Alfred the Great
Founder of the English navy, Alfred the Great was born at Wantage in Berkshire, the son of King Aethelwulft of Wessex. The boy prince was sent to Rome at the age of four; there he met Pope Leo IV and was impressed by the glory of Roman Christianity. He went on a second trip to the Eternal City, this time with his father, in A.D. 855.
Alfred’s father died, and his three older brothers all had short lives and reigns. To Alfred’s surprise, he came to occupy the throne of Wessex at the age of 24.Alfred became king at a time of crisis for Wessex and for Anglo- Saxon England as a whole. Danish invaders were close to overrunning the entire land. Four Anglo-Saxon king¬ doms — Mercia,Northumberland, East Anglia, and Wessex — remained, but all of them faced dire peril.
Alfred had first fought the Danes under his older brother Aethelred’s leadership. In A.D.871, the year he came to the throne, Alfred fought nine gen¬ eral engagements against the invaders. After losing the Battle of Wilton, he made an unsatisfactory peace with the Danes to give himself and his kingdom room to breathe.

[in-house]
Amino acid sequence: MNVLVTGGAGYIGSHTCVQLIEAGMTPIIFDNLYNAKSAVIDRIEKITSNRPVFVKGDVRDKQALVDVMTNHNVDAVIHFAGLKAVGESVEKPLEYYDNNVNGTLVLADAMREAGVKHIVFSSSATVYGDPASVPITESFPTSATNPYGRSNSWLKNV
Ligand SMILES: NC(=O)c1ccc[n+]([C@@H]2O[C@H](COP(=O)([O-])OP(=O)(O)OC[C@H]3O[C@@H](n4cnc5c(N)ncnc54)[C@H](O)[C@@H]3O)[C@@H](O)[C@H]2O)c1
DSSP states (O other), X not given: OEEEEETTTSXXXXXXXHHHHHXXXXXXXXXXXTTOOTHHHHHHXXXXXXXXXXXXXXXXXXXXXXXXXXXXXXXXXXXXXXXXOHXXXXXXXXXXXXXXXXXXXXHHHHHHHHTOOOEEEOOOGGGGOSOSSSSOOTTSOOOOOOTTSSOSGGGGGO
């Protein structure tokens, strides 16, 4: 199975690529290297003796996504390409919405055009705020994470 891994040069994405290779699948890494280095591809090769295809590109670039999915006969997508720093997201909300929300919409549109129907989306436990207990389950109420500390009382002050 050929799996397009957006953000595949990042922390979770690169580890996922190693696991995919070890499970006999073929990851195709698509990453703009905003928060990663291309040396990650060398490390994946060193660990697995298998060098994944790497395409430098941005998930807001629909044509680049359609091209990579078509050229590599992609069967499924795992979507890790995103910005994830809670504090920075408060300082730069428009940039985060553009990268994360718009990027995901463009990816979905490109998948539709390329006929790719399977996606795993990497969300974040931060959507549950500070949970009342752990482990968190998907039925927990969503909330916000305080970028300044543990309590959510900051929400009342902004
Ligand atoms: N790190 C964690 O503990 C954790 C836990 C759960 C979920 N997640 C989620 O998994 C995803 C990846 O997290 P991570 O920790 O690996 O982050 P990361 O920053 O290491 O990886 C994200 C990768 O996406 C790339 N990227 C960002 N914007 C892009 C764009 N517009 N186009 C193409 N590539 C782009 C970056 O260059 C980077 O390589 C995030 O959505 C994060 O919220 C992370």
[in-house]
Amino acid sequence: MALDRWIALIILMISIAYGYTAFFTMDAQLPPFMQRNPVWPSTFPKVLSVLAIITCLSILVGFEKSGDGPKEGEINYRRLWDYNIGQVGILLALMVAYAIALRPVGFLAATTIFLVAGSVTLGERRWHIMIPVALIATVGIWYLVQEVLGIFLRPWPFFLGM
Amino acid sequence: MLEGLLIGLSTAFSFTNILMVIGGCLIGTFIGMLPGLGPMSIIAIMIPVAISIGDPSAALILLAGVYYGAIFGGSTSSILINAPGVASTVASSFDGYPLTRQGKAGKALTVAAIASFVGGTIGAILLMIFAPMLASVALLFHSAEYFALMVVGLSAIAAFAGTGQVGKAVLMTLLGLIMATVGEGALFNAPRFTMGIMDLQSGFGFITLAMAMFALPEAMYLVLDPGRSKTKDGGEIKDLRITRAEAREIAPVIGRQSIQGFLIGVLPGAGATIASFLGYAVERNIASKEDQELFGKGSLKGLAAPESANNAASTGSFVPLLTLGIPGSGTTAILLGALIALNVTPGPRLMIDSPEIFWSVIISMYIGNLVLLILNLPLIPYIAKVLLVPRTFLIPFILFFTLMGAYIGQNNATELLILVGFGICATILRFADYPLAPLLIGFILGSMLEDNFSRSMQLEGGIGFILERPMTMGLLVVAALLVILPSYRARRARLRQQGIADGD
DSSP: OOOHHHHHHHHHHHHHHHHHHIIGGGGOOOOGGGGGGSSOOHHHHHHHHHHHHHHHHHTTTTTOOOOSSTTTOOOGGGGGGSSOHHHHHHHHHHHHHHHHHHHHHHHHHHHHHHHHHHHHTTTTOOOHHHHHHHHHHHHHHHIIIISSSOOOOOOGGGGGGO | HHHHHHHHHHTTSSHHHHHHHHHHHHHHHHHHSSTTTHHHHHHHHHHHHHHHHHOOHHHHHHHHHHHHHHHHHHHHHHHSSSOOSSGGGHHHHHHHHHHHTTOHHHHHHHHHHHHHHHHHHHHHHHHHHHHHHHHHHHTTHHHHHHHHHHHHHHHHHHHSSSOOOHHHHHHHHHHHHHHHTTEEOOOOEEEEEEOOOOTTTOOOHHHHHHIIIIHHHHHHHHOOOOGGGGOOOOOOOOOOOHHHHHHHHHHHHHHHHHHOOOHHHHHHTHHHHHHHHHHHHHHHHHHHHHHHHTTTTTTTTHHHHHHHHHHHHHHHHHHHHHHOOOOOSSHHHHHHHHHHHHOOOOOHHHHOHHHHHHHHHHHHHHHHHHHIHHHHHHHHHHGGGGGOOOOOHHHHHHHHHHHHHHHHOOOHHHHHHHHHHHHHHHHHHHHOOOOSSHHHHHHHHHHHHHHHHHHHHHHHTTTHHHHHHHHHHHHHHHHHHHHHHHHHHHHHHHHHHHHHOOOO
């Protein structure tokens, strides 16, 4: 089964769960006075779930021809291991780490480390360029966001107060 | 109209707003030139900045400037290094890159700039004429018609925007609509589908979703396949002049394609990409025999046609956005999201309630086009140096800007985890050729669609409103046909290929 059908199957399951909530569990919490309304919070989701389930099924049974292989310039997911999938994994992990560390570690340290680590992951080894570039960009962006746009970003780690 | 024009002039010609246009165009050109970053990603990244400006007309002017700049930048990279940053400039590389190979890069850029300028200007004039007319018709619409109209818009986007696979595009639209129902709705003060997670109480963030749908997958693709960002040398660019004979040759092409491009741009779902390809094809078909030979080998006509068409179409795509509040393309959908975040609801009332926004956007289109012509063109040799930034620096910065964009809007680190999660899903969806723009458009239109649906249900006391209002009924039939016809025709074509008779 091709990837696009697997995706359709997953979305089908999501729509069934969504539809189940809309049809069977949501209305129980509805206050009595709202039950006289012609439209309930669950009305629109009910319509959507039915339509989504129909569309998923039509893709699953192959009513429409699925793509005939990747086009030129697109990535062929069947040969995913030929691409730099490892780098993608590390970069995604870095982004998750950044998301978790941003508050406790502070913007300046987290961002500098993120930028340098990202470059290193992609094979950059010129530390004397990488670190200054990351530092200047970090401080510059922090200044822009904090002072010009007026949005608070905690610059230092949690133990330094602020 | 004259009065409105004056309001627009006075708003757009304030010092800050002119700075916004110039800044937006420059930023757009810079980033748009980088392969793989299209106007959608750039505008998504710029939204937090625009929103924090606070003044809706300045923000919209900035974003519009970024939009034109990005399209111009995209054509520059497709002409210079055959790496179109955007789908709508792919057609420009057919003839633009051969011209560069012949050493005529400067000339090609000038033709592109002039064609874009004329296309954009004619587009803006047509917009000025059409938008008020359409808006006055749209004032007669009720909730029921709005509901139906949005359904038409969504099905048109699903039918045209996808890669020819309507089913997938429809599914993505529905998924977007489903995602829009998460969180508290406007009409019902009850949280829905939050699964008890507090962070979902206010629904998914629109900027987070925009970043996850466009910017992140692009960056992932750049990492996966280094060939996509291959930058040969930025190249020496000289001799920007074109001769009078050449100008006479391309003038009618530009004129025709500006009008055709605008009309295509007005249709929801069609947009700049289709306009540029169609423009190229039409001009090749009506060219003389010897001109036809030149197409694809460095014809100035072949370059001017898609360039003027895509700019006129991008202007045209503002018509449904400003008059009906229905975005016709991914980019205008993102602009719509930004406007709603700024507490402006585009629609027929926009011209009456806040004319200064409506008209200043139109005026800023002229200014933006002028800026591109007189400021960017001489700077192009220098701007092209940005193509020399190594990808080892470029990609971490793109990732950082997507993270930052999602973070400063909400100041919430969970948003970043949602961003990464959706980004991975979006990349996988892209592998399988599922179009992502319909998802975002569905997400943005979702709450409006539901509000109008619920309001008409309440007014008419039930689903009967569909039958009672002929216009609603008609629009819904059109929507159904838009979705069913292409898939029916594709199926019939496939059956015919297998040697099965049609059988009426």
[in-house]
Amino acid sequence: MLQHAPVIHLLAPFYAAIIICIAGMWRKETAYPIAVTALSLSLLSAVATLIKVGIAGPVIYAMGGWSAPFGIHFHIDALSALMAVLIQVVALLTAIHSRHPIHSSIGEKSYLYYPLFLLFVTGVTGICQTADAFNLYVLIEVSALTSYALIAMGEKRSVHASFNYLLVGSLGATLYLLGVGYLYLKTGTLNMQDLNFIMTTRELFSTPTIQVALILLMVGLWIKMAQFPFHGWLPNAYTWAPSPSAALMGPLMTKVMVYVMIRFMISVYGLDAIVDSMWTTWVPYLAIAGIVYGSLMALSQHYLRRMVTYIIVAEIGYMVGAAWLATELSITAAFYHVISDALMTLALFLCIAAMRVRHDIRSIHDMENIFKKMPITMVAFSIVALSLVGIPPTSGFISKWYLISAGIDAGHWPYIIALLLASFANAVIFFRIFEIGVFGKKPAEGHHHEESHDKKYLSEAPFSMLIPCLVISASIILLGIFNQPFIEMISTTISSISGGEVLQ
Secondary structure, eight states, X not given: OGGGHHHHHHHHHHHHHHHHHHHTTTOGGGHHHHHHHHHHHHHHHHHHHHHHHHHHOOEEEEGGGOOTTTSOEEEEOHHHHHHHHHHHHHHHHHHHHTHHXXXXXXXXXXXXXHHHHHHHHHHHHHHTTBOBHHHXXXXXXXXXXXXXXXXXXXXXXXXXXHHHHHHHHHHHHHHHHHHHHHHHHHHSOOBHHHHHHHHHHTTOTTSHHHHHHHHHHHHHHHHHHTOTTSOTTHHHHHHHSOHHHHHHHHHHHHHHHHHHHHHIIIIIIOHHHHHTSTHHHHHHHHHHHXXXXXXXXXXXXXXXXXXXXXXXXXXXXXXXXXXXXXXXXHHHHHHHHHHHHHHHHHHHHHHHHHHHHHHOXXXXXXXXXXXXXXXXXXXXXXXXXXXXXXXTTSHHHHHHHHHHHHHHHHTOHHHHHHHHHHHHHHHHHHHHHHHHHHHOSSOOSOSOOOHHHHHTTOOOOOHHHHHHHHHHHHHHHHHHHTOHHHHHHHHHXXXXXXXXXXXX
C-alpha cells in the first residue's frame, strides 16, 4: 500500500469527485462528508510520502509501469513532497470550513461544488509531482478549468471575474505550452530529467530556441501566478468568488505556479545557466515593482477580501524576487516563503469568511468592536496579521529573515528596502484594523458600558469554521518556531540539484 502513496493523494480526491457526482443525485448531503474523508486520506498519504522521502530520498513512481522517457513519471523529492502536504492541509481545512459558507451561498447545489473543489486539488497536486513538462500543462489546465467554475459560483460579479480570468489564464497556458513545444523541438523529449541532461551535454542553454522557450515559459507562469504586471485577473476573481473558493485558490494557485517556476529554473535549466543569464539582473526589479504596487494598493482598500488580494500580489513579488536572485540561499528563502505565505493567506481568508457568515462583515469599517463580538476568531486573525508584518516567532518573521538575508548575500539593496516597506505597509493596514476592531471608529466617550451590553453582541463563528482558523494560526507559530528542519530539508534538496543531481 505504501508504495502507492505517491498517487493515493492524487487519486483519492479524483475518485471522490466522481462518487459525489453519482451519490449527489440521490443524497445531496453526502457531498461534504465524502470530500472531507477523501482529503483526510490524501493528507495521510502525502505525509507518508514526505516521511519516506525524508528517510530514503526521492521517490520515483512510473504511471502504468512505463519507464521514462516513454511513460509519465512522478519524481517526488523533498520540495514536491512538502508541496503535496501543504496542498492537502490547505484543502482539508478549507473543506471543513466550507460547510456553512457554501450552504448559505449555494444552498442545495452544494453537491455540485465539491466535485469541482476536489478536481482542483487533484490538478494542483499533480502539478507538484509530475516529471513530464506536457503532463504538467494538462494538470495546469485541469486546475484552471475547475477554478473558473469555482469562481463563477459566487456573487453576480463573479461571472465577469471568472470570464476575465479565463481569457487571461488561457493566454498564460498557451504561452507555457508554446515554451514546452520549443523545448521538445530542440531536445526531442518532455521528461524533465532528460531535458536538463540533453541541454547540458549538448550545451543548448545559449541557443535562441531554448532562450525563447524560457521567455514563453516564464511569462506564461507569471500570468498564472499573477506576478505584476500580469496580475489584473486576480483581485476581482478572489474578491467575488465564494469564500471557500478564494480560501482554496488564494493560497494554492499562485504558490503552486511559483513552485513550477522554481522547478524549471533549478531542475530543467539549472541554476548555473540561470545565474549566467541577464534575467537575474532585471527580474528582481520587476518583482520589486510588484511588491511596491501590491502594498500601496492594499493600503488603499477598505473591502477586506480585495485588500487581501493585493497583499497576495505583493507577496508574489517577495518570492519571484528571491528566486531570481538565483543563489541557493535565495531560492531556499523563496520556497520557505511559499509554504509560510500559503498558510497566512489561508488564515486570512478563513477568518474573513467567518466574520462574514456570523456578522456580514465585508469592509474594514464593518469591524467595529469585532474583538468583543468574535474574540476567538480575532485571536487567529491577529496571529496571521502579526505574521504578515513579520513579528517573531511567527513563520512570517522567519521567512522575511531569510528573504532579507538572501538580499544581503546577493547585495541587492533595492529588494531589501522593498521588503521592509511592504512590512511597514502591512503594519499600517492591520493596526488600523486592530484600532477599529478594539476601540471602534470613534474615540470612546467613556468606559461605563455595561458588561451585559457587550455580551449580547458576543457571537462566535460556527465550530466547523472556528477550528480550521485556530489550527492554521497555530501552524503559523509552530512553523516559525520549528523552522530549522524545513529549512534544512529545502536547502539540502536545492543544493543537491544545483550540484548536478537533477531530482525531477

Alfred married Ealhswith, a descendant of Mercian kings, and cultivated good relations with both Mercia and Wales. He built new forts in Wessex and strengthened older ones that had fallen into decay. He also built the first English ships, trying to prepare for an
eventual offense against the Danes. Believing that the Danish raids were a punishment from God, he embarked on a program of religious education. He recruited important scholars from the continent and began a series of text translations from Latin into Anglo-Saxon.The king himself translated Pastoral Care by Saint Gregory the Great.
The peace ended in A.D. 876. Guthrum, a Danish leader, brought an army into Wessex and captured many of its important towns. Alfred himself fled to refuge in a small fort in the Somerset marsh¬ es. From there, he harassed the Danes with small raids. Alfred gathered his forces and emerged from the swamps to win a remarkable victory over the Danes at Edington in A.D. 878. Following the battle, the Danes who had surrendered were bap¬ tized as Christians. The Danes then withdrew from Wessex. Guthrum and his fol¬ lowers respected the peace until his death in A.D. 891.
In A.D. 892, some 250 Danish ships brought the “Great Heathen Army” to England. Alfred met and defeated the Danes in battle after battle. His guerrilla warfare tactics, combined with the use of his ships, allowed him to gain the upper hand quickly. By A.D. 897, the Danes had fled to East Anglia and Northumberland.At the time of Alfred’s death in A.D. 899, Wessex remained free and became the center of Anglo-Saxon law and tradition.